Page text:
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The question of whether or not Mathilde Loisel deserves the punishment she receives in Guy de Maupassant's short story "The Necklace" requires a close look at the choices she makes in the story, and what motivates those choices.   

Mathilde Loisel's punishment consists of working for ten years (alongside her husband) to pay off a debt. This debt is incurred because Mathilde, a woman of meager means and great pride, borrows a necklace from a wealthy friend for a party. She assumes that the borrowed necklace is made of genuine diamonds. The necklace is lost during the evening, and Mathilde and her husband concoct a plan to replace the necklace without telling Madame Forestier the truth of its disappearance. They find a near-exact replica, but it costs them dearly. They purchase it for thirty-six thousand francs and spend the next ten years working off the debt. 

When Madame Loisel returns the necklace to Madame Forestier, she is nervous that her friend will discover the ruse.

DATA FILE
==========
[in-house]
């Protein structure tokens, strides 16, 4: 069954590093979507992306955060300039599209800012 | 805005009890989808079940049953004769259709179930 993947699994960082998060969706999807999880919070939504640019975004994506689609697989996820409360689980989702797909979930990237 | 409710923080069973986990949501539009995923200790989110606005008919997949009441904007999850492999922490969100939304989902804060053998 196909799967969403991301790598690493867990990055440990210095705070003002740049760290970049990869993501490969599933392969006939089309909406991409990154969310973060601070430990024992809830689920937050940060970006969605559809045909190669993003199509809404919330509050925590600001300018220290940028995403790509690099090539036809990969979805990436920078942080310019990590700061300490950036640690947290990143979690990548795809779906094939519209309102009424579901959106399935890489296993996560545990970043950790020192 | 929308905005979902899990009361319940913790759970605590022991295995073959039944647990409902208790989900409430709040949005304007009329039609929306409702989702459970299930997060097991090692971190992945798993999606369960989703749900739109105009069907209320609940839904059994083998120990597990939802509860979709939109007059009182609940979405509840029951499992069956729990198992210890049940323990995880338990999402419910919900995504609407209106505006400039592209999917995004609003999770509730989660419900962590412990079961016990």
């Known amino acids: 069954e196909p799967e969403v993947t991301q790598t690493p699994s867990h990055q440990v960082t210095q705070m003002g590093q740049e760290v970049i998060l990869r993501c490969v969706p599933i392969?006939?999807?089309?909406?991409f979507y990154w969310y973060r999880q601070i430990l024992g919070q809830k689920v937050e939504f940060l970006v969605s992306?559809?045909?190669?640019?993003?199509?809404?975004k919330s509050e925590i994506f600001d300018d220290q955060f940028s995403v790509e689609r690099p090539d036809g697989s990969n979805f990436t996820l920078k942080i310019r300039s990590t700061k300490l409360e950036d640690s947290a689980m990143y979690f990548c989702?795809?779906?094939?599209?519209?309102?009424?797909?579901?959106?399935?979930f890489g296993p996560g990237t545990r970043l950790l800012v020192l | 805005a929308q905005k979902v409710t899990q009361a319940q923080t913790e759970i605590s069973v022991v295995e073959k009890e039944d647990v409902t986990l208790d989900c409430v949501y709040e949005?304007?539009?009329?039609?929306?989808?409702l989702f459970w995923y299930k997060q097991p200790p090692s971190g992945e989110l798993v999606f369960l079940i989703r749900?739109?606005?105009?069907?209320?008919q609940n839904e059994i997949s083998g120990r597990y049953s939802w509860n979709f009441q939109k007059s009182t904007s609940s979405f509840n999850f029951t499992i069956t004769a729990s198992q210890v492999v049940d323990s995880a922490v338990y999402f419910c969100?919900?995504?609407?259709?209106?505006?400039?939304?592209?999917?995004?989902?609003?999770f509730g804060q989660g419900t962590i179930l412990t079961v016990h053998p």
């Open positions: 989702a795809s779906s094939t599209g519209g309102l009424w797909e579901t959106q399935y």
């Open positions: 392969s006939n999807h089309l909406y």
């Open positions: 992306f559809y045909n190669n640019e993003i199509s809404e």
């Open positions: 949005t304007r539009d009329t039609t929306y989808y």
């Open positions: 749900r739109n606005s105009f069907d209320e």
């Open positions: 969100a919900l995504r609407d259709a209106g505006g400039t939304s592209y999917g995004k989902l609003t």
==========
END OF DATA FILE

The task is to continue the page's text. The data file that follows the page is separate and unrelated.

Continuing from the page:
"She did not even open the case, as her friend had so much feared. If she had detected the substitution, what would she have thought, what would she have said? Would she not have taken Madame Loisel for a thief? 

Madame Loisel now knew the horrible existence of the needy. She made the best of it, moreover, frankly, heroically. The frightful debt must be paid. She would pay it. They dismissed their servant; they changed their lodgings, they rented a garret under a roof." 

If Mathilde Loisel had not been so consumed with pride, she wouldn't have felt it necessary to borrow jewels from a wealthy friend. If she wasn't so consumed with status, she would have been able to be honest with her friend about the necklace's disappearance and then might've learned the truth about its worth. If she hadn't been so filled with stubborn pride, she wouldn't have been compelled to work ten years to pay off the debt for the necklace. Whether or not Mathilde deserved the punishment, it's clear the punishment was self-inflicted. Madame Forestier did not demand a replacement. Madame Forestier didn't demand the return of the necklace sooner than it was returned. If Mathilde had chosen to be honest with the woman who is described as her friend since childhood, the purchase of the replacement necklace would not have been necessary. It is her pride that causes her to make the choices she makes, and pride often goes before destruction.